A recent study of more than 4,500 workers and managers by the Chartered Management Institute, conducted by YouGov, revealed findings that some readers may find disturbing!
One of the areas that leaders coming to coaching most often want to focus on is support and strategies to help them feel less overwhelmed and better able to prioritise work that is important to them and their role.
Our families of origin play a huge part in shaping our lives, particularly at the beginning when we first learn how to belong and later take that with us out into the world.
I was working with a senior leader in an organisation who had come into an organisation as an external appointment and 10 months in, she was feeling some resistance to her authority and was having difficulty making an impact.
I have been delivering the Stepping Into Management programme at the University of Liverpool for the last 6 years. It’s one of those assignments that are incredibly fulfilling.
Time has to be in the top three topics that clients bring to focus on in a coaching session.
When I started work, it was very much “leave your emotions by the door when you come in. We don’t do feelings!”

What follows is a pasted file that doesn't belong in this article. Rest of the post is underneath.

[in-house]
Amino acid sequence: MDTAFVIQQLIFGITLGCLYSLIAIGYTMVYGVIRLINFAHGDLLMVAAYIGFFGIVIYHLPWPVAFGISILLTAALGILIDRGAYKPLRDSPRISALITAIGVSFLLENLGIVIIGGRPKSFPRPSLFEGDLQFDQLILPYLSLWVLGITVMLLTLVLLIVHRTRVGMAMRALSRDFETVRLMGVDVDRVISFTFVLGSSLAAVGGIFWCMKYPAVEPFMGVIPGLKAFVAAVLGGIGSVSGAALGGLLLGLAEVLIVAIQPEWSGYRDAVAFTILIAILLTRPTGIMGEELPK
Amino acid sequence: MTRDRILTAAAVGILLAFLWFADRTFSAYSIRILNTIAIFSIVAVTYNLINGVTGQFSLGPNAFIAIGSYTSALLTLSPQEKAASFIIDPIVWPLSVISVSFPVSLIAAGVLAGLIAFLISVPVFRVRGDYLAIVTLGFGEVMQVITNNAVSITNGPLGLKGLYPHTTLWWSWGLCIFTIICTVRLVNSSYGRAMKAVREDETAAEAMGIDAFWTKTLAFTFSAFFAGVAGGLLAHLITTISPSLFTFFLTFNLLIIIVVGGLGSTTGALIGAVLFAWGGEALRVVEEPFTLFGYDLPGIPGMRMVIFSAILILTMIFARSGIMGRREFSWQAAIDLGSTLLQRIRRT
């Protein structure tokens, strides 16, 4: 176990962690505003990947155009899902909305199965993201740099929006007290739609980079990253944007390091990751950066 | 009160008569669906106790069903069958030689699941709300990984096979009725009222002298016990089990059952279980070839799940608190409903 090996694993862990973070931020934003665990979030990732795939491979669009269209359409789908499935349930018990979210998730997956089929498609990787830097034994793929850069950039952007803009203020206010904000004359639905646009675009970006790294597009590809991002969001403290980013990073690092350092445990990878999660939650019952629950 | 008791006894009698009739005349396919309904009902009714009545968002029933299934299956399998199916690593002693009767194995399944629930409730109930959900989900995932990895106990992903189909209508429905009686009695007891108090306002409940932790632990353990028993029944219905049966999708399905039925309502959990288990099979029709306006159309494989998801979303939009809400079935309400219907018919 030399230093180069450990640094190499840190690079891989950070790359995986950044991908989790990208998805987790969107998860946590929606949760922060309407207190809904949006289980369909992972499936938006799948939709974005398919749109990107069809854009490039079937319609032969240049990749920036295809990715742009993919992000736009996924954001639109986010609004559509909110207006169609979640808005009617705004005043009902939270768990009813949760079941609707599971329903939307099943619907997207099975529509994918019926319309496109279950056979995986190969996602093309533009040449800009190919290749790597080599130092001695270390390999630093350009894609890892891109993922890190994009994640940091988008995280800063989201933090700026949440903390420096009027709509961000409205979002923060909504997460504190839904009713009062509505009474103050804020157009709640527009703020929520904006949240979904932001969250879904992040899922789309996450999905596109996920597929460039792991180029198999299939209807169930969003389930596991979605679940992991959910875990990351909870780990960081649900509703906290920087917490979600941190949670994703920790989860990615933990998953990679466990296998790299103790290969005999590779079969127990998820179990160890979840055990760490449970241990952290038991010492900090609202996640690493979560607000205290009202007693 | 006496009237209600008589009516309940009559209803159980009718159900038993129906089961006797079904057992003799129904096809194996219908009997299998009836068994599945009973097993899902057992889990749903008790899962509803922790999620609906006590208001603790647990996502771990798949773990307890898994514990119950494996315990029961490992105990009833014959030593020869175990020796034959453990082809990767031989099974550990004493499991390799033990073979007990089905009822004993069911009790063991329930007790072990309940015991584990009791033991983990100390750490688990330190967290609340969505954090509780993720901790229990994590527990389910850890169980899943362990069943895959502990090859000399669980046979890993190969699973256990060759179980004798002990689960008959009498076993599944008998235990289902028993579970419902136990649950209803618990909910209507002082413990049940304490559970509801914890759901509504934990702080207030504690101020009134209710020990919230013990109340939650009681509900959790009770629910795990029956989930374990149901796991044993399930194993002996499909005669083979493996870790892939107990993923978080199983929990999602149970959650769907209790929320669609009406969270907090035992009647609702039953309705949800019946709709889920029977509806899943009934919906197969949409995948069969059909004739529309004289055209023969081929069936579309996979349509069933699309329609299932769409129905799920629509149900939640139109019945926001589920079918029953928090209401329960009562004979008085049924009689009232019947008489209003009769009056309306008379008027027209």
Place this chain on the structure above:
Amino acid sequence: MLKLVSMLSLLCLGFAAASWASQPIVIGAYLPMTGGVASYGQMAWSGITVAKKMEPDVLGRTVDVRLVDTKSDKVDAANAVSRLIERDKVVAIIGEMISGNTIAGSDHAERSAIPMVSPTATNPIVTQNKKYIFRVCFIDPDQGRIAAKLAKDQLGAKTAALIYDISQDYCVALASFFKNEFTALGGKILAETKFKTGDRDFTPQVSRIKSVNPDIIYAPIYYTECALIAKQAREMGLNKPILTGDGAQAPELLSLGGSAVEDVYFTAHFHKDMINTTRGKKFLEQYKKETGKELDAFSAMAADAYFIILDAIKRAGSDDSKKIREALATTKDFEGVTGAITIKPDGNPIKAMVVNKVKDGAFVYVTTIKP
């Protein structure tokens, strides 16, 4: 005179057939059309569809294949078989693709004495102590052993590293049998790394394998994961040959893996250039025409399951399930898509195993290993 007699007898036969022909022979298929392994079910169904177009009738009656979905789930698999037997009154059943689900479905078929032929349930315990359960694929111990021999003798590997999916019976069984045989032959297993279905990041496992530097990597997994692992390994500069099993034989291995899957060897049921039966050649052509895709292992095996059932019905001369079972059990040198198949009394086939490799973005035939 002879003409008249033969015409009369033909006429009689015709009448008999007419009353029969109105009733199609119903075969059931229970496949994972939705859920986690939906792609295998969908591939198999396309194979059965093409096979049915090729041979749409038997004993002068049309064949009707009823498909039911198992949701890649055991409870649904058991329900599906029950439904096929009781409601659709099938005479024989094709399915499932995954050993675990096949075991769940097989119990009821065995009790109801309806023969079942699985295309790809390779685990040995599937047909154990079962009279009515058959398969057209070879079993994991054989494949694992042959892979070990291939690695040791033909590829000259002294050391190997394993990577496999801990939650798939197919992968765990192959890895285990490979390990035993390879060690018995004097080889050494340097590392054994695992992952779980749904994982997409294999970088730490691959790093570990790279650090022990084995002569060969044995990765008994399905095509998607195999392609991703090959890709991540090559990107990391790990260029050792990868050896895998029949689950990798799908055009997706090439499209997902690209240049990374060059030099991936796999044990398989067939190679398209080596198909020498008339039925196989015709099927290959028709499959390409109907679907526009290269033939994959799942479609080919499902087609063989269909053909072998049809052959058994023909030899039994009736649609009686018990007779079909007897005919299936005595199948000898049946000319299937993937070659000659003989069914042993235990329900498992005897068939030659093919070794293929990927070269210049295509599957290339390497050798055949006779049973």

No matter where we are in our professional or personal lives, we can’t avoid those times when we are faced with the need for a tricky conversation. At the moment they seem to be high on many people’s agendas. This week a journalist from The Guardian reached out to ask for some help with an article she was putting together…
When it comes to making decisions, especially around our careers, it’s good to get as much support as you can, whatever your profession. A coaching approach to a career conversation with a sprinkle of mentoring leaves the individual empowered to make the decision and take that next step that is right for them.
I am running an informal, informative and interactive lunchtime workshop for Professional Liverpool members who want to make a rewarding change in their professional life in 2022.